When the primary clarifiers at the city of Brighton’s wastewater treatment facility started deteriorating due to biogenic sulfide corrosion, plant engineers chose a proven protective coating system from Tnemec to prevent further damage. “It seems that between the waste influent and drought conditions, the plant’s owner noticed that the concrete paste was being attacked, causing accelerated deterioration of the clarifier launders,” according to Tnemec coating consultant Tom Quammen. “The wastewater manager for the plant contacted Tnemec, seeking assistance in selecting a coating system that would prevent further deterioration of the clarifier walls.”
Quammen recommended a protective wastewater system formulated for high permeability resistance to sulfuric acid, H2S and other wastewater gases. The project involved the outboard walls, floors and 18-inches up the inboard walls of the circular clarifiers, which were more than 60 feet in circumference.
Surface preparation was in accordance with SSPC-SP13/NACE No. 6 Surface Preparation of Concrete, which included power washing and scraping to remove algae growth, followed by abrasive blast cleaning. That standard also includes a requirement for filling voids, bugholes and other cavities in the concrete to prevent entrapped air from being released into the protective coating. The escaping air, which is described as bughole-induced outgassing, can be released into the protective coating during application, creating a discontinuous film for reduced barrier protection to the underlying substrate.
The specification called for Series 218 MortarClad, an epoxy-modified cementitious resurfacer, to be trowel-applied to the clarifier’s outboard walls, floors and inside wall to achieve a smooth finish. The epoxy-polymer modification allows MortarClad to be applied as a thin-patch material, while increasing its density to make it less susceptible to outgassing when topcoated. Next, the contractor roller-applied two coats of Series 435 Perma-Glaze, a 100 percent solids polyamine epoxy coating, to an overall dry film thickness (DFT) of 30 mils. This abrasion-resistant lining provides extra protection in areas exposed to high hydrogen sulfide (H2S) levels, sealing the mortar resurfacer and creating a slicker surface resistant to slime growth.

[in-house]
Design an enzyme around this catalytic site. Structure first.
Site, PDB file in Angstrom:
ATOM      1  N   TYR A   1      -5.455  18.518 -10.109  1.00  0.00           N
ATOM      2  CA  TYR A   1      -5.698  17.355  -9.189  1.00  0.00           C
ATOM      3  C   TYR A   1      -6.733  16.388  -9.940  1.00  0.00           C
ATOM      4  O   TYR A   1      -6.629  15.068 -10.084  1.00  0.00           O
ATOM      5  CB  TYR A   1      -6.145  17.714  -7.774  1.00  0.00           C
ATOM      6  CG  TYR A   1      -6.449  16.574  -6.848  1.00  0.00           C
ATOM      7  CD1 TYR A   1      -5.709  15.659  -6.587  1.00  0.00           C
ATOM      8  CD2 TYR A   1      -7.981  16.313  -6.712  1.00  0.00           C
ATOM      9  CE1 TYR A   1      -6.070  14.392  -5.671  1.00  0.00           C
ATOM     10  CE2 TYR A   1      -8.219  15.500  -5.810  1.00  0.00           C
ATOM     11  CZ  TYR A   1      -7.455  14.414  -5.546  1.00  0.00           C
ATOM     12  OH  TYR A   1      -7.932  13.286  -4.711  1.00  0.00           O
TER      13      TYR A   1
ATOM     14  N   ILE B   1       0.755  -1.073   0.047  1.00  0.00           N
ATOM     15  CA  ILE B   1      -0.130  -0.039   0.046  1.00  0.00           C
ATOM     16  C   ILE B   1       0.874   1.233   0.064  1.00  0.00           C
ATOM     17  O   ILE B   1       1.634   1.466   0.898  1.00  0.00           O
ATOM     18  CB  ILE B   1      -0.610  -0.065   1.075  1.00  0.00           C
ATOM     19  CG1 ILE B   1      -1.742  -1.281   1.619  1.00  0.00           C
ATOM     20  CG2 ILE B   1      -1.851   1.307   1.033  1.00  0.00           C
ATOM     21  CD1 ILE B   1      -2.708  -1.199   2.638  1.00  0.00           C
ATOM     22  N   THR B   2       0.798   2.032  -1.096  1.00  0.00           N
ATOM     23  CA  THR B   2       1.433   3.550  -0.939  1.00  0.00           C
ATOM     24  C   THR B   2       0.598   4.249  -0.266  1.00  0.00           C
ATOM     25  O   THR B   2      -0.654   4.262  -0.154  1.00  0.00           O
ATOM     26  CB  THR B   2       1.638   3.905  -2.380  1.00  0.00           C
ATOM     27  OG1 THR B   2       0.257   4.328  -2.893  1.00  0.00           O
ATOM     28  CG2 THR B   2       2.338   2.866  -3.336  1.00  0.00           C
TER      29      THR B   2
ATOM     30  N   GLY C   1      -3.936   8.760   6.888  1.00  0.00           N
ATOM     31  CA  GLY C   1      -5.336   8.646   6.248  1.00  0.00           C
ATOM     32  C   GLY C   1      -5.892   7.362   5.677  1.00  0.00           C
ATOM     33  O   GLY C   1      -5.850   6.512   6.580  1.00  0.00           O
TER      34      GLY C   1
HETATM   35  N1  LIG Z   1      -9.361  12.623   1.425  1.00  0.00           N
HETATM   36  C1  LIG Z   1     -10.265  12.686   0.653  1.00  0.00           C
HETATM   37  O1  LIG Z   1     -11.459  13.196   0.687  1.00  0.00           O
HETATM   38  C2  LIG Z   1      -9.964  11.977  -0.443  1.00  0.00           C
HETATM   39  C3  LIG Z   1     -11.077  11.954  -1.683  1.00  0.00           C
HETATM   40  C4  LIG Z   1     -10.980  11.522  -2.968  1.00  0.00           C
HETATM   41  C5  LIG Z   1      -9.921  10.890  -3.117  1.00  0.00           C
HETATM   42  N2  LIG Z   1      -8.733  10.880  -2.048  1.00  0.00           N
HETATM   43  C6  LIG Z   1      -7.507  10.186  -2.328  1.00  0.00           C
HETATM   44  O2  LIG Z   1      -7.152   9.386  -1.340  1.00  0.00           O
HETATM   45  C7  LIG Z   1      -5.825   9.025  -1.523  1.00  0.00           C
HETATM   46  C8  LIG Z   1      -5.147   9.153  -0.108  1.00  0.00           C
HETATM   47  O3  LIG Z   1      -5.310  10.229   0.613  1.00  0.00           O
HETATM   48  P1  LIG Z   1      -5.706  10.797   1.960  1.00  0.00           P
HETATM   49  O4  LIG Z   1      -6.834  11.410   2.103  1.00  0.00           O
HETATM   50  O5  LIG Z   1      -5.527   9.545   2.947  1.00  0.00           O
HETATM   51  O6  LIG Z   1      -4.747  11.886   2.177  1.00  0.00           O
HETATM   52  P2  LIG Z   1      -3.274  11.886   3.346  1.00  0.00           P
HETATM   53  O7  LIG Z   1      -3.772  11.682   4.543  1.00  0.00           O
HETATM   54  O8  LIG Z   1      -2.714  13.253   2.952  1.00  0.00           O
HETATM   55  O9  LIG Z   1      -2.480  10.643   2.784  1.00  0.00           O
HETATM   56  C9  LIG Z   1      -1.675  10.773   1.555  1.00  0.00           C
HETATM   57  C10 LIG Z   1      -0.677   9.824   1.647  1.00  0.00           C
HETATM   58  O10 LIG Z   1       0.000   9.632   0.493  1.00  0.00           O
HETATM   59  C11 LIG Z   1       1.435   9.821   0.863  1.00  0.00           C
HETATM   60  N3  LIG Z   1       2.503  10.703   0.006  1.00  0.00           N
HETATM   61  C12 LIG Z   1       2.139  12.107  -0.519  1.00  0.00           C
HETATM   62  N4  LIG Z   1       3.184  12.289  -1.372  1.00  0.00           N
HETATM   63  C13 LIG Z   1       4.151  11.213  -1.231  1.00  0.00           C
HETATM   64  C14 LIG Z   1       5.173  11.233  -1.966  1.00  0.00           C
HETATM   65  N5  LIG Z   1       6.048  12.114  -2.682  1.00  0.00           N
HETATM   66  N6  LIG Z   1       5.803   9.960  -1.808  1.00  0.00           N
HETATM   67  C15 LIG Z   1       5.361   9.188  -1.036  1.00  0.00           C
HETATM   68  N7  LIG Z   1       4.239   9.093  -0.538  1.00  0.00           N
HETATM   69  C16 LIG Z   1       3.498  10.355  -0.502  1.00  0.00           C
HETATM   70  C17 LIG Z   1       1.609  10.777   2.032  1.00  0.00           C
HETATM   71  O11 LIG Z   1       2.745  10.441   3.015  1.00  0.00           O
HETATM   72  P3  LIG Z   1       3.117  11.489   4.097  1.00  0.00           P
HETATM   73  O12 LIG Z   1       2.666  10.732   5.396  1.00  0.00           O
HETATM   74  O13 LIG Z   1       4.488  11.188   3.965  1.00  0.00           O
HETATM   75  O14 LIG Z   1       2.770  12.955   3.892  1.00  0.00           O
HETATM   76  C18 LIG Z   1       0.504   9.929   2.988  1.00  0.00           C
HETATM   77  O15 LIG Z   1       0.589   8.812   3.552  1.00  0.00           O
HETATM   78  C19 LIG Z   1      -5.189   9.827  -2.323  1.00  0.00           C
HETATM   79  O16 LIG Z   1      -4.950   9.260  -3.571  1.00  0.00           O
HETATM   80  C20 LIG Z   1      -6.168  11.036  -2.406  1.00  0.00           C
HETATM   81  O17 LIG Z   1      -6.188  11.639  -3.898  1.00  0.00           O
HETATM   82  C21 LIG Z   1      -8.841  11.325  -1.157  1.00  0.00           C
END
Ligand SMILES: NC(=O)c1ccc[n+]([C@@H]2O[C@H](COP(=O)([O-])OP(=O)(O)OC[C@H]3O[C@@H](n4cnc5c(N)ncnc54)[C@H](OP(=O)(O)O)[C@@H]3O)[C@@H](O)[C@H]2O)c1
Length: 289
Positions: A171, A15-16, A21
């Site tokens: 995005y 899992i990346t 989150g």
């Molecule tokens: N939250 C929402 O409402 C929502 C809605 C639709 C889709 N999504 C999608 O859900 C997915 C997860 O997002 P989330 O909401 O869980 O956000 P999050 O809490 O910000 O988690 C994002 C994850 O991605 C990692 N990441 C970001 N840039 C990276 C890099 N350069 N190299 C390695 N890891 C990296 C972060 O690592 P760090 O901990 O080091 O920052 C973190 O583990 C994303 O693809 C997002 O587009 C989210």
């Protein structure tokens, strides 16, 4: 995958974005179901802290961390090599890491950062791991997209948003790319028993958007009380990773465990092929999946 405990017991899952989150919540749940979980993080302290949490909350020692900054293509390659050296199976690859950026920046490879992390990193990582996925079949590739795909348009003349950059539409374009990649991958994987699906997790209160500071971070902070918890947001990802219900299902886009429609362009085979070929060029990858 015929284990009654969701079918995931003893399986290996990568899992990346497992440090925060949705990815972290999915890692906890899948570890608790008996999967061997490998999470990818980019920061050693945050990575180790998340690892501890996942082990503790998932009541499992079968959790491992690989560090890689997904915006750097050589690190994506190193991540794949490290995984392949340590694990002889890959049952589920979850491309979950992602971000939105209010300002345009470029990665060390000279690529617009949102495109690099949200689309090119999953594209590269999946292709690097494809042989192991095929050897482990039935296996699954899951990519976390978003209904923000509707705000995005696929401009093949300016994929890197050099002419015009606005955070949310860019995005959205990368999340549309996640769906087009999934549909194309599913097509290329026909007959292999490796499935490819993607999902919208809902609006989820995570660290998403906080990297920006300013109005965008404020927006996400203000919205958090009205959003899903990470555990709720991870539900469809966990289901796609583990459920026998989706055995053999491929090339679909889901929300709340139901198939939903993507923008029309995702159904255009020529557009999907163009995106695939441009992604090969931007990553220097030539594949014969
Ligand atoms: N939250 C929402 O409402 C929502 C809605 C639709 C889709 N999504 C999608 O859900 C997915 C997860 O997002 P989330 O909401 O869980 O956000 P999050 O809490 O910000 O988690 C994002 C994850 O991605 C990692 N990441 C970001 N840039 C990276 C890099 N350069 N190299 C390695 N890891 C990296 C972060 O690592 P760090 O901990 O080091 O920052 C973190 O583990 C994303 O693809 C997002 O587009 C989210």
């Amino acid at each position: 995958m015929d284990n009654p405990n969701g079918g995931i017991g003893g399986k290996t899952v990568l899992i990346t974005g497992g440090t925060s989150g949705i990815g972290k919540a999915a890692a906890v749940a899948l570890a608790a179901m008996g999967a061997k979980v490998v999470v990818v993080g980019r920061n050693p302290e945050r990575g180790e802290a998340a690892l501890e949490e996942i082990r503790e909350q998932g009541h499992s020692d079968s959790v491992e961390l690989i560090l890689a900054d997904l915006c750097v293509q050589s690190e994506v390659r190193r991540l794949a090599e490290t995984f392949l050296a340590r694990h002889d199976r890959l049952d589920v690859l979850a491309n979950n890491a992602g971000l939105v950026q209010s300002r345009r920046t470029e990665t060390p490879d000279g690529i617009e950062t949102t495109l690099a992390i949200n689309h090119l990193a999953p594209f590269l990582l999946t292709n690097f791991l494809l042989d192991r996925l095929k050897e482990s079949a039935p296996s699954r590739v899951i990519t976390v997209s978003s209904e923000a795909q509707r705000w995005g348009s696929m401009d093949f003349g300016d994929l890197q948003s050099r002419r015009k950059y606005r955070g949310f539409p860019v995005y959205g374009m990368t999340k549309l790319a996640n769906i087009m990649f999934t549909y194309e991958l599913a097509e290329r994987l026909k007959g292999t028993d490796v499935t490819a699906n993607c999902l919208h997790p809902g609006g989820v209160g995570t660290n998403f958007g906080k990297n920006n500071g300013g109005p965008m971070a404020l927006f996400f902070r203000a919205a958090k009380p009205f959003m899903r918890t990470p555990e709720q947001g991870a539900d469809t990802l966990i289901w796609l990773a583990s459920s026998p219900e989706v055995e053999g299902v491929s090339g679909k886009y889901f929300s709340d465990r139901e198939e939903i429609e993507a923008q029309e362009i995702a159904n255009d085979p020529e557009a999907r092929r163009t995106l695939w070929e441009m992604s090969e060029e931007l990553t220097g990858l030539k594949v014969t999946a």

“Although the coating did not eliminate the algae growth, it made cleaning much easier and stopped the degrading of the concrete,” Quammen added.
The wastewater treatment plant in Brighton, Colorado is scheduled to be decommissioned in 2011 when a new regional plant comes on-line. Until then, upgrades to the plant’s existing infrastructure are required to meet the needs of this rapidly growing community.